Regulating The Billion-Dollar Esports World Is Nearly Impossible

There's a new Esports regulator in town, but it's not likely to do any better than its predecessors

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Jul 11, 2016 at 5:21 PM ET

There’s a new Esports sheriff in town, ready to combat the influx of gamblers and would-be match fixers that have descended upon the burgeoning, soon-to-be $1.9 billion dollar industry, hoping to stem the tide of rigged games that have plagued the world of professional gaming of late.

On Tuesday, at the Lord’s Cricket Ground in London, the Esports Integrity Coalition—a non-profit regulatory body armed with standardized codes of conduct, ethics, anti-corruption, and anti-doping, as well as clearly delineated investigatory and disciplinary powers—officially arrived on the scene. According to their website, they hope “to take responsibility for disruption, prevention, investigation and prosecution of all forms of cheating, including, but not limited to, match manipulation and doping.”

In a lengthy assessment of the current state of corruption, they pinpoint the myriad ways in which a match might be fixed: players launching DDOS attacks and relying on cheat codes, throwing entire matches or parts of games, to doping and the corruption of the refs. That’s a lot of toothpaste for the ESIC to cram back in the tube, given that wagering on Esports, both illegal and legal, shows no sign of abating.

“Last year Esports betting ran on the legitimate market at $250 million, which means the illegitimate market probably ran at around $2 billion, possibly more,” Ian Smith, an English lawyer, former COO of the Federation of International Cricketers’ Association, and the ESIC’s newly-minted commissioner, told “Credible forecasts expect this to grow to a legitimate business of around $23 billion by 2020. This means the grey and black market will be running at around $200 billion or more. At that point Esports becomes interesting to the types of people we really don’t want interested in Esports—primarily organised crime.”

What’s unclear, though, is whether the ESIC has the ability to both collect data and investigate all the arenas where the games are potentially rigged. As PC Gamer noted, the ESIC is not authorized to delve into” “deceptive gambling sites like CS:GO Lounge, or YouTubers like PsiSyndicate who participate in rigged promotions” and “if cracking down on corruption is the mandate it seeks, it’s going to have to go where the trouble is. Otherwise, what’s the point?”

Further, the ESIC remains heavily reliant on participating bookmakers and Sportradar’s Fraud Detection System to flag any potential instances of match fixing, since it’s dramatically harder to spot an Esports athlete that’s on the take than say, a footballer or tennis pro.

For Chris Kluwe, an avid gamer, former Minnesota Vikings punter, and self-declared candidate for the Esports commissioner’s chair, the ESIC’s friendly relationship with the betting industry makes for a tenuous partnership, one that ultimately will prove “unsustainable.”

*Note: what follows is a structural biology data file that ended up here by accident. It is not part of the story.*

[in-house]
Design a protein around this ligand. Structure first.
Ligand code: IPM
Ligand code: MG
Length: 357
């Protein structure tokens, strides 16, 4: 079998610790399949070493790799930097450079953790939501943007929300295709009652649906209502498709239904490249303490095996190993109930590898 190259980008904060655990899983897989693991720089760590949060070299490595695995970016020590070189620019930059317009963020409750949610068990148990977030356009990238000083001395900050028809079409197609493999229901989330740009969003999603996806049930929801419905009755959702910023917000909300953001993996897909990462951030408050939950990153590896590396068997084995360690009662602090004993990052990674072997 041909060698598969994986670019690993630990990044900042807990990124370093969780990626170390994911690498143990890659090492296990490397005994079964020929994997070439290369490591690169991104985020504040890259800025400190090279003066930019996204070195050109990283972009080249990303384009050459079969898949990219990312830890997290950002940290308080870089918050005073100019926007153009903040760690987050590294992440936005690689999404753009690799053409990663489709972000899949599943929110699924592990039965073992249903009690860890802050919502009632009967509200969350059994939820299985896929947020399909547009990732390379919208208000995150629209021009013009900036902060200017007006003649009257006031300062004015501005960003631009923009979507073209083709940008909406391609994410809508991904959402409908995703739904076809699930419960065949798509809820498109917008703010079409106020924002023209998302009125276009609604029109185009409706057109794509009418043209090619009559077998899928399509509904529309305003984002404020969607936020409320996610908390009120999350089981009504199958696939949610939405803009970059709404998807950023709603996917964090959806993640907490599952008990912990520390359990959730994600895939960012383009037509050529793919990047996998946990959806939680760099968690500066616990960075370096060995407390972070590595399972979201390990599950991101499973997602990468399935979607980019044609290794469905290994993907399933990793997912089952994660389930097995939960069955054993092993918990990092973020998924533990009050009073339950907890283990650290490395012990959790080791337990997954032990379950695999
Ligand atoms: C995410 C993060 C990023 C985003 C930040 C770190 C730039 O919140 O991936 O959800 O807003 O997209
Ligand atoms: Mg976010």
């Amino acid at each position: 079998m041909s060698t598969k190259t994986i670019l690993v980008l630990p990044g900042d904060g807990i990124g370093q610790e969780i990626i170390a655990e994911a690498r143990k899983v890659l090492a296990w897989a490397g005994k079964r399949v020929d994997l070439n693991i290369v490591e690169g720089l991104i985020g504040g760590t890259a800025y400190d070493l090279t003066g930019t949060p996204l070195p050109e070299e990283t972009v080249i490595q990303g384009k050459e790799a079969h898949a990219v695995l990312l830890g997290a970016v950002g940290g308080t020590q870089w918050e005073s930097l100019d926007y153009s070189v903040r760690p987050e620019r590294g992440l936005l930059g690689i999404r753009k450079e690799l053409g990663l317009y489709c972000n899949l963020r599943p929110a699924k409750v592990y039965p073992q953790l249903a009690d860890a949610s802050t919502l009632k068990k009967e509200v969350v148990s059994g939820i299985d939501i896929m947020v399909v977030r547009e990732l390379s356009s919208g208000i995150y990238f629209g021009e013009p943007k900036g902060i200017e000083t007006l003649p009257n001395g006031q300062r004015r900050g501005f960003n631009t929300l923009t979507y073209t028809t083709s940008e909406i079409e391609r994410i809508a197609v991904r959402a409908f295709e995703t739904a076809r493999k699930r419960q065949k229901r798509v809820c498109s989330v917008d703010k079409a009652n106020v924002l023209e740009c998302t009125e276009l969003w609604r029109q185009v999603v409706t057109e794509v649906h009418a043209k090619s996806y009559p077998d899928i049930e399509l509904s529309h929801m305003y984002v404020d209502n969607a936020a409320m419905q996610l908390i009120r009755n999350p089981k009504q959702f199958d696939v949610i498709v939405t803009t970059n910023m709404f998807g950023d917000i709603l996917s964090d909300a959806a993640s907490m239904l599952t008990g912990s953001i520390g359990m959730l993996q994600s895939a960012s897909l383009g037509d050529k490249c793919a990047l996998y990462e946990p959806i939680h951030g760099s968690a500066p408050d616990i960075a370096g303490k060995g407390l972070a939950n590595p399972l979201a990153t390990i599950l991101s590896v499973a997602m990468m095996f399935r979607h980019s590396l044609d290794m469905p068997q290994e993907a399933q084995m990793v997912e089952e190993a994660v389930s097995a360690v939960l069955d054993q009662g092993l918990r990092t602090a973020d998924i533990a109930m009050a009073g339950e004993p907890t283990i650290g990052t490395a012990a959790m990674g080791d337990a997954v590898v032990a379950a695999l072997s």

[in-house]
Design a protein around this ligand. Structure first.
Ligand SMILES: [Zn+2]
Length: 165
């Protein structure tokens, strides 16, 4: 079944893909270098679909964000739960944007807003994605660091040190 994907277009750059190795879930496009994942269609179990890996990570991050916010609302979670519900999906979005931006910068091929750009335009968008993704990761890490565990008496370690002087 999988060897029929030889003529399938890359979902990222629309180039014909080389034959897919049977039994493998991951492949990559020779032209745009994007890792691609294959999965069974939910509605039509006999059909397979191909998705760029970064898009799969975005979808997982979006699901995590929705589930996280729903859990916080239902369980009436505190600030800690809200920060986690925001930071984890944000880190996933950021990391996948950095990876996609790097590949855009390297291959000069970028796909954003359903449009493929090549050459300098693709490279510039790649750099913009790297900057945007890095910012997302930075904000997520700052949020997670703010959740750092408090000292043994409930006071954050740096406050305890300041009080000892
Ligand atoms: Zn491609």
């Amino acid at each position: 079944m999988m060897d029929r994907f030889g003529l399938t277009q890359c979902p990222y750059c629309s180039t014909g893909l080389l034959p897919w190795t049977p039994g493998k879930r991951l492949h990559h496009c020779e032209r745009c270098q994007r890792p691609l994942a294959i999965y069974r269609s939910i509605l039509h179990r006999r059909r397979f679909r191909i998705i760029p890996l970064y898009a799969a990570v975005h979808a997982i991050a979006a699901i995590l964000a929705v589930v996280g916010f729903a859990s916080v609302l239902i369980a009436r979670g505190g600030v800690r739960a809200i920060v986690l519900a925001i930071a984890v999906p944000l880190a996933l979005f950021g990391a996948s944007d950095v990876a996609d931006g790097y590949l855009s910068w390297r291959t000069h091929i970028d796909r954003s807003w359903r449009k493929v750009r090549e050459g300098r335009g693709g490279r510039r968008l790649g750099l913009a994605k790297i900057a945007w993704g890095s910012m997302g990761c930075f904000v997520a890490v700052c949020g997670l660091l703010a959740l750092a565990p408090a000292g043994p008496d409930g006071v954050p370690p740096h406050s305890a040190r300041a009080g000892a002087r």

“It looks like it’s essentially the betting industry trying to establish a regulatory body so that way they can continue to make money off betting on Esports,” Kluwe said when reached by phone. “Unfortunately I think it has the potential to turn into an IOC or FIFA,” where a wholly independent body whose intent is to provide transparency and legitimacy turns corrupt after finding itself awash in cash.

“It would be very similar to having Vegas be in charge of the NFL’s anti-corruption-slash-gambling rules,” he said.

Kluwe explained that it requires a delicate balance of autonomy and participation from owners for a sports regulatory body to be effective, adding that the scales have already tipped for one nascent Esports organizing body, the World Esports Association, which also claimed that they would be addressing match fixing, as well as ensuring “fairness, transparency and integrity.”

But, it’s not hard to see WESA’s potential conflicts of interest when their eight-member council is staffed with current teams, and is half owned by the Electronic Sports League, the world’s largest video game events company. A reporter at GameSpot even went so so far as to label WESA, “the most comprehensively flawed project I have covered,” and Kluwe said that if the NFL adopted similar practices, it would be as “if Roger Goodell only answered to Robert Kraft instead of the 32 owners.”

Even so, the ESIC will remain toothless unless they can convince game publishers to become member organizations. So far, they’ve only managed to draft one, Ubisoft, and enlisting other industry titans has “not been easy going apparently” according to

“It’s fine if event organizers and various teams sign up. The question is: can they get publishers to sign up?” Kluwe said. “Because right now publishers are the ones who hold all the power, because they’re the ones that publish that games… Effectively, unless there’s publisher buy-in, it really doesn’t mean a lot.”